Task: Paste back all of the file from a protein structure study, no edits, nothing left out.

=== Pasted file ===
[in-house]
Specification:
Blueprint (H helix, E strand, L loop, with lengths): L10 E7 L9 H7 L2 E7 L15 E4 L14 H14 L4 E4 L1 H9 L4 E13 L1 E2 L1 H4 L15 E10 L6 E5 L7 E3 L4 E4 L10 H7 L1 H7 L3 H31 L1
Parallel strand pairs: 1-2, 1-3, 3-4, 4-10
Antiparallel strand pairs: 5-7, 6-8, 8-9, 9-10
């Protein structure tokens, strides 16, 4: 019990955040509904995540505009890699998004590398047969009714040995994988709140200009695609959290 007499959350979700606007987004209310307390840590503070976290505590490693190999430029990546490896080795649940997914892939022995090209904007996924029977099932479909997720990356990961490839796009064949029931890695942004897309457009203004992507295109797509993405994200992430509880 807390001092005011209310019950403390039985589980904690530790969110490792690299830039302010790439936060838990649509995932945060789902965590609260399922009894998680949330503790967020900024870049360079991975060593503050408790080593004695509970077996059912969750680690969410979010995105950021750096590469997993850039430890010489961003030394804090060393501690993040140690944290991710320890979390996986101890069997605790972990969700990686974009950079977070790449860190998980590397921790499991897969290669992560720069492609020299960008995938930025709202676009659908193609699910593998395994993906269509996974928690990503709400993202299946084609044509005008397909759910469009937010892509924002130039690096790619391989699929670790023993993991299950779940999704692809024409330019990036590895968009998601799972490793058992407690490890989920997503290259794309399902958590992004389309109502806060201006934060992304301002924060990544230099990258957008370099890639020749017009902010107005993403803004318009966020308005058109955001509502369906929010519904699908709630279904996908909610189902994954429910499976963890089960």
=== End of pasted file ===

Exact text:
[in-house]
Specification:
Blueprint (H helix, E strand, L loop, with lengths): L10 E7 L9 H7 L2 E7 L15 E4 L14 H14 L4 E4 L1 H9 L4 E13 L1 E2 L1 H4 L15 E10 L6 E5 L7 E3 L4 E4 L10 H7 L1 H7 L3 H31 L1
Parallel strand pairs: 1-2, 1-3, 3-4, 4-10
Antiparallel strand pairs: 5-7, 6-8, 8-9, 9-10
């Protein structure tokens, strides 16, 4: 019990955040509904995540505009890699998004590398047969009714040995994988709140200009695609959290 007499959350979700606007987004209310307390840590503070976290505590490693190999430029990546490896080795649940997914892939022995090209904007996924029977099932479909997720990356990961490839796009064949029931890695942004897309457009203004992507295109797509993405994200992430509880 807390001092005011209310019950403390039985589980904690530790969110490792690299830039302010790439936060838990649509995932945060789902965590609260399922009894998680949330503790967020900024870049360079991975060593503050408790080593004695509970077996059912969750680690969410979010995105950021750096590469997993850039430890010489961003030394804090060393501690993040140690944290991710320890979390996986101890069997605790972990969700990686974009950079977070790449860190998980590397921790499991897969290669992560720069492609020299960008995938930025709202676009659908193609699910593998395994993906269509996974928690990503709400993202299946084609044509005008397909759910469009937010892509924002130039690096790619391989699929670790023993993991299950779940999704692809024409330019990036590895968009998601799972490793058992407690490890989920997503290259794309399902958590992004389309109502806060201006934060992304301002924060990544230099990258957008370099890639020749017009902010107005993403803004318009966020308005058109955001509502369906929010519904699908709630279904996908909610189902994954429910499976963890089960």